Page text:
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  • carat200_1 carat200_1 Apr 19, 2013 12:53 PM Flag

    good news out of Texas

    This is not new new news but interesting enough.

    Railroad Commission Today Adopts New Recycling Rules to
    Help Enhance Water Conservation By Oil & Gas Operators
    AUSTIN-- The Railroad Commission today adopted new rules to encourage Texas operators to continue their efforts at conserving water used in the hydraulic fracturing process for oil and gas wells, even though hydraulic fracturing and total mining use accounts for less than 1 percent of statewide water use, with irrigation, municipalities and manufacturing making up state’s top three water consumers.

    Major changes adopted to the Commission’s water recycling rules include eliminating the need for a Commission recycling permit if operators are recycling fluid on their own leases or transferring their fluids to another operator’s lease for recycling. The changes adopted by the Commission today also clearly identify recycling permit application requirements and reflect existing standard field conditions for recycling permits.

    Chairman Barry Smitherman said, “By removing regulatory hurdles, these new amendments will help foster the recycling efforts by oil and gas operators who continue to examine ways to reduce freshwater use when hydraulically fracturing well.”

    Commissioner David Porter said, “Water use has been a major concern examined by my Eagle Ford Shale Task Force, and I commend our staff for working to streamline our rules to encourage more recycling.”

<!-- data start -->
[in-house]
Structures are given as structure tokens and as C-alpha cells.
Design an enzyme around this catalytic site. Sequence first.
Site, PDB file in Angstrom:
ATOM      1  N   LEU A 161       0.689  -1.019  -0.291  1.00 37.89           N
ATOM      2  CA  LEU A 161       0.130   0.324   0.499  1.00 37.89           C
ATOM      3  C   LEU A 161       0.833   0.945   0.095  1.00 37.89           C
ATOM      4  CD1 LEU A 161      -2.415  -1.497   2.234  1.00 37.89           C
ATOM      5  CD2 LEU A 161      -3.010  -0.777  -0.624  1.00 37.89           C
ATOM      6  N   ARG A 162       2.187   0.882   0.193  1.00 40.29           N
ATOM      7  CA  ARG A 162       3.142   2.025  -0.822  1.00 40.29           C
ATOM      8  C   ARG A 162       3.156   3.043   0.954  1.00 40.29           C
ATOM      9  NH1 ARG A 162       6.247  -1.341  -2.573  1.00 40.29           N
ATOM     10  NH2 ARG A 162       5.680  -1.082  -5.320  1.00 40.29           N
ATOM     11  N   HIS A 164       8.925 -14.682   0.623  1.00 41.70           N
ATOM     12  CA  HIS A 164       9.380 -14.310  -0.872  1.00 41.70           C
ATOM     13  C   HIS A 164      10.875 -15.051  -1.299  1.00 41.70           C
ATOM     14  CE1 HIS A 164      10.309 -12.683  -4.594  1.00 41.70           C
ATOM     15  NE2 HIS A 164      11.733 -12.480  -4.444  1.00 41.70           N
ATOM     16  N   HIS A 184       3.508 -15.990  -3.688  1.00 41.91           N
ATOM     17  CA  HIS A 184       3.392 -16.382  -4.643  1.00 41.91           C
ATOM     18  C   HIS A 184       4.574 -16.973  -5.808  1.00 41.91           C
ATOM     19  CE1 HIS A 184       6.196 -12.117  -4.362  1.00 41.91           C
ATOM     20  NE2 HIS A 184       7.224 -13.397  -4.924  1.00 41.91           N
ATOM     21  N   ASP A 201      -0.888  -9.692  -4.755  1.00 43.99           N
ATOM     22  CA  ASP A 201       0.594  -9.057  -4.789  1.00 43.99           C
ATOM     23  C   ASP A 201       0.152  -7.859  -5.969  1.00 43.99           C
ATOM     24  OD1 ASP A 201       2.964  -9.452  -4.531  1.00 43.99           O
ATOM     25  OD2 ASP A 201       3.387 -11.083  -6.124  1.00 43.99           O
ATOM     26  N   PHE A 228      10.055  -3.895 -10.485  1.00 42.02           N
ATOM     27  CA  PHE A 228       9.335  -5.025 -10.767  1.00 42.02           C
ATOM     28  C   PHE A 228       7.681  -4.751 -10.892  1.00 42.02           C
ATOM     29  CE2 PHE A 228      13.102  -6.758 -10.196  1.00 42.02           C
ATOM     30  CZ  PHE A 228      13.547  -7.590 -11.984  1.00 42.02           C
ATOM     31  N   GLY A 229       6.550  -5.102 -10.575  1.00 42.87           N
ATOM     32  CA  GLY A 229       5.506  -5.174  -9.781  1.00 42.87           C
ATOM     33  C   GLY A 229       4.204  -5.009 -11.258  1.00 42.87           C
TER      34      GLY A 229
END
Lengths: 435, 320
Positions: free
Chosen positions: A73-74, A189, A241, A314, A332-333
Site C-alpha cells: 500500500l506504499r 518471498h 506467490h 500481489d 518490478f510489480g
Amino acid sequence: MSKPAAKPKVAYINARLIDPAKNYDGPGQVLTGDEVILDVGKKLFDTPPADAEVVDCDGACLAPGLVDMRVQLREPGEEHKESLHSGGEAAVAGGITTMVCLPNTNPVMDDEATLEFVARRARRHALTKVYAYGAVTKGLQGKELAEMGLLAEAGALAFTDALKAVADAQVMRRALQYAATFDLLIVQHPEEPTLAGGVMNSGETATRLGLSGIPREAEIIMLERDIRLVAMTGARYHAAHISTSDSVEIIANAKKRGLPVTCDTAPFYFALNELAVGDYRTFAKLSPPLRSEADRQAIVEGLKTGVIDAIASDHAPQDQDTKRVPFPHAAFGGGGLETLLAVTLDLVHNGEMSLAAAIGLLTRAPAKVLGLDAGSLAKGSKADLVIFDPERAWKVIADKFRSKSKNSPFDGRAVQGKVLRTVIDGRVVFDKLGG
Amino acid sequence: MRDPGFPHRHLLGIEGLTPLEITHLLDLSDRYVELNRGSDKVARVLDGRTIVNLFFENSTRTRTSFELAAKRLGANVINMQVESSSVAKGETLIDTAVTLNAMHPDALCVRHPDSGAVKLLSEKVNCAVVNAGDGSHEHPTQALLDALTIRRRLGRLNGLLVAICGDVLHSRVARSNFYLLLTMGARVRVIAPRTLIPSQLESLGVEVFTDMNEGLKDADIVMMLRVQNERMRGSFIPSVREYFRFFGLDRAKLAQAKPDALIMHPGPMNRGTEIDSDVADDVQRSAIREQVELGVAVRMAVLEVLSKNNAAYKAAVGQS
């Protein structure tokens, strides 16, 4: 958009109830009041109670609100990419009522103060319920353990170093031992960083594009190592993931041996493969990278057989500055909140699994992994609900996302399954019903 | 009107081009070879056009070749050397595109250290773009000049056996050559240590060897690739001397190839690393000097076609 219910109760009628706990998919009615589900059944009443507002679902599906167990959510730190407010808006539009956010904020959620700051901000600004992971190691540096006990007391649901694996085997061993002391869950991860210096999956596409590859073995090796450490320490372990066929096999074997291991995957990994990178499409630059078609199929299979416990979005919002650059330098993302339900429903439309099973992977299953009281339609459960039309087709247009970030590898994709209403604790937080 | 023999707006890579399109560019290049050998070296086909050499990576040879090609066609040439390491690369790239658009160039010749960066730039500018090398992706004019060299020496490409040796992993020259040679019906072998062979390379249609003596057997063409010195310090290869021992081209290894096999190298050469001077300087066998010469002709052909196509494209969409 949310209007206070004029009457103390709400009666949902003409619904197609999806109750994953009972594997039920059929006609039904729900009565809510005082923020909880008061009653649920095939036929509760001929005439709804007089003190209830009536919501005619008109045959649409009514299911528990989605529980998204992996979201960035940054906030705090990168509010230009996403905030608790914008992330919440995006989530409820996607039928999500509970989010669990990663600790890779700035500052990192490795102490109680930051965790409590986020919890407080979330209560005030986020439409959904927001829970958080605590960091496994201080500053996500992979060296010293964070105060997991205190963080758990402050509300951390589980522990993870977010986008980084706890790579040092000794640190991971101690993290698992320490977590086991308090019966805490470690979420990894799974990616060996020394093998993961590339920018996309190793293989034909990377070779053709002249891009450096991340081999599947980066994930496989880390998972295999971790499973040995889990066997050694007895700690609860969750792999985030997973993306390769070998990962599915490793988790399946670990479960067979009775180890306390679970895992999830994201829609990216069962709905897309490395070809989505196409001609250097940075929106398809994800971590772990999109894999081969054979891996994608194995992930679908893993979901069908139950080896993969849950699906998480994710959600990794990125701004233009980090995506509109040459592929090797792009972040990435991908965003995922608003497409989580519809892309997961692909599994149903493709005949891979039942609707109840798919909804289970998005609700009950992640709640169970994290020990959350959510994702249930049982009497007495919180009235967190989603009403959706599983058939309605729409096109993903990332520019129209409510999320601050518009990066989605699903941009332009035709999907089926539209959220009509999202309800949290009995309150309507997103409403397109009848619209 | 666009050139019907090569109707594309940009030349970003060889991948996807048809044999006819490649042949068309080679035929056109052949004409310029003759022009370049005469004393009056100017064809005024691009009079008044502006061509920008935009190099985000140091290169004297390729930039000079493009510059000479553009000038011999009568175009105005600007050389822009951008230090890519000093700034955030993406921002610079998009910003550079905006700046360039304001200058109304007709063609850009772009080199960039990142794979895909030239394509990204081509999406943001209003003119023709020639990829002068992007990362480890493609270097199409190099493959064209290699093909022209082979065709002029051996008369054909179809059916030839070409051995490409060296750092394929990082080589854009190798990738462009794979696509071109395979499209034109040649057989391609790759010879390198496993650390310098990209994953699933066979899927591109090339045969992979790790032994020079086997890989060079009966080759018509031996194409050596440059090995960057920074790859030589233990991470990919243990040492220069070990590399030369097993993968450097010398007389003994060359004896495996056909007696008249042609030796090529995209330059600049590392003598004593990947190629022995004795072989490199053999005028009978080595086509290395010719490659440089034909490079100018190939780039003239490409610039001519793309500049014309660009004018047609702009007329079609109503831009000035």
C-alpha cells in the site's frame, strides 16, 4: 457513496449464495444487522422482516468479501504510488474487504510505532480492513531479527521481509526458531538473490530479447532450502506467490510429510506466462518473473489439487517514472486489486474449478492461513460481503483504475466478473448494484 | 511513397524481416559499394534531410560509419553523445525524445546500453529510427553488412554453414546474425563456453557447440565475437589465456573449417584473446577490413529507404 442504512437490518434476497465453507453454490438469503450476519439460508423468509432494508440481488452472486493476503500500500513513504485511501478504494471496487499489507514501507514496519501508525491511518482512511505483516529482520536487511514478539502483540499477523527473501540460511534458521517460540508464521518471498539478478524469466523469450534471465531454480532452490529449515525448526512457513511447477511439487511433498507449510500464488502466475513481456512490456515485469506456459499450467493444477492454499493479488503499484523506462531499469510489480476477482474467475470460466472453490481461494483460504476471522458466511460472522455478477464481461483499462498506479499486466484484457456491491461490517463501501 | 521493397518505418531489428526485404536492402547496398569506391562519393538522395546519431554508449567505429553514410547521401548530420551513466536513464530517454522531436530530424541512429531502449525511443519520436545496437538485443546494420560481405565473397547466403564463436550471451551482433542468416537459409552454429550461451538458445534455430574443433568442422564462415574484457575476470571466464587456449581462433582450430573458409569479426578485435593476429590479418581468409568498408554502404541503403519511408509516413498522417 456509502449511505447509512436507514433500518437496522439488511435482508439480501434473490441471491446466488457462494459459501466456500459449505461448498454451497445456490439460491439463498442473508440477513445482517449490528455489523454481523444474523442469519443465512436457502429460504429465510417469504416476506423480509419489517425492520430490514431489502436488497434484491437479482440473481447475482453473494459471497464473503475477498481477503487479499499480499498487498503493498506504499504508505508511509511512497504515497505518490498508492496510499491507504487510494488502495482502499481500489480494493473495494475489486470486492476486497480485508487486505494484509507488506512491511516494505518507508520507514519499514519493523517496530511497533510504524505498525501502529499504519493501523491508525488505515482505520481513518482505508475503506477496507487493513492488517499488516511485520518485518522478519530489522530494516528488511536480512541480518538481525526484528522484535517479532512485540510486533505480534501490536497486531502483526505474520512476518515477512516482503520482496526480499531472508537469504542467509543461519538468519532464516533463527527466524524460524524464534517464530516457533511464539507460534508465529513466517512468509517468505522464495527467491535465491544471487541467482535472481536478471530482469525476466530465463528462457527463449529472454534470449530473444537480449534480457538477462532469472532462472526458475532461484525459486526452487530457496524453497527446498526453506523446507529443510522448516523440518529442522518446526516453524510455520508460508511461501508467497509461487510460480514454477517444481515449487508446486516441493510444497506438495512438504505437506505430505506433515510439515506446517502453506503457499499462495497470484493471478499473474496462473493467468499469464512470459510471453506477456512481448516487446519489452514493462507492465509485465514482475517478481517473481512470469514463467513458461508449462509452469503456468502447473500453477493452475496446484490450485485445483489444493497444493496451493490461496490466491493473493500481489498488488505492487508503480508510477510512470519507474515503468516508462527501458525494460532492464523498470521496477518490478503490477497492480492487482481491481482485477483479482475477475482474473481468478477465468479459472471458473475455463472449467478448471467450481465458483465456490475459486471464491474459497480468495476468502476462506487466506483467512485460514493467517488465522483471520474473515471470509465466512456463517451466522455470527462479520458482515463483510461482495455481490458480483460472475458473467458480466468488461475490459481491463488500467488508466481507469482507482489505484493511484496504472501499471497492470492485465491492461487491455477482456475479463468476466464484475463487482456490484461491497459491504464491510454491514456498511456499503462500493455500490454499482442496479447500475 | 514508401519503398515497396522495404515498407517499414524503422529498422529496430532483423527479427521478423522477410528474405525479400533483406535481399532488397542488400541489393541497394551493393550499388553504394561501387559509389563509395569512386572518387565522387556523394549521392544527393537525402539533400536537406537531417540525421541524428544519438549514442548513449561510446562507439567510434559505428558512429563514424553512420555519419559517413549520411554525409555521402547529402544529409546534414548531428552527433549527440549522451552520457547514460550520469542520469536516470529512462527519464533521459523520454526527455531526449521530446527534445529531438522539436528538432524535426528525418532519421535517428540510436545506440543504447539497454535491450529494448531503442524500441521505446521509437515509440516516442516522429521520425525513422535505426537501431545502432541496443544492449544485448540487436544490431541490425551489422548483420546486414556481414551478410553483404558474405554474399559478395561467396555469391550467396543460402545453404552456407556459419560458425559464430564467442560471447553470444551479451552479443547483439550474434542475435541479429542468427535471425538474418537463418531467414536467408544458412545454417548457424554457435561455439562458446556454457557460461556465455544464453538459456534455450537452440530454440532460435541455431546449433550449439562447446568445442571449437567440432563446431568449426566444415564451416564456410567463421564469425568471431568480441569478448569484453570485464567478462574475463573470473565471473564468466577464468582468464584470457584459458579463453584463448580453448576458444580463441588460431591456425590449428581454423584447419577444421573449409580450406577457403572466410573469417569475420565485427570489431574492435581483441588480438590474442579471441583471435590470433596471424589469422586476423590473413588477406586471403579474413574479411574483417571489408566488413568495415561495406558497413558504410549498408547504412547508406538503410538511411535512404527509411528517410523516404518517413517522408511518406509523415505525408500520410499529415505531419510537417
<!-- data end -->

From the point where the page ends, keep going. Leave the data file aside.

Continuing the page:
Commissioner Christi Craddick said, “Just as our operators have used technology to bring us into this modern day boom of oil production, they are also using technology to reduce their fresh water use. The changes adopted today will assist in those efforts.”

    The rule amendment also establishes five categories of commercial recycling permits to reflect industry practices in the field:

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    • On-lease Commercial Solid Oil and Gas Waste Recycling
      Off-lease or Centralized Commercial Solid Oil and Gas Waste Recycling
      Stationary Commercial Solid Oil and Gas Waste Recycling
      Off-lease Commercial Recycling of Fluid; and
      Stationary Commercial Recycling of Fluid
      The changes to the rule also establish a tiered approach for the reuse of treated fluid, including both authorized reuse of treated fluids in oil and gas operations and provisions for reusing the fluid for other non-oilfield related uses.

      About the Railroad Commission

      Established in 1891, the Railroad Commission of Texas is the oldest regulatory agency in the state. The Commission has a long and proud history of service to both Texas and to the nation, including more than 90 years regulating the oil and gas industry. Additionally, the Commission promotes research and education on the use of alternative fuels and has jurisdiction over gas utility, surface mining and pipeline industries. Our mission is to serve Texas by our stewardship of natural resources and the environment, our concern for personal and community safety, and our support of enhanced development and economic vitality for the benefit of Texans. To learn more, please visit

      • 1 Reply to carat200_1
      • More News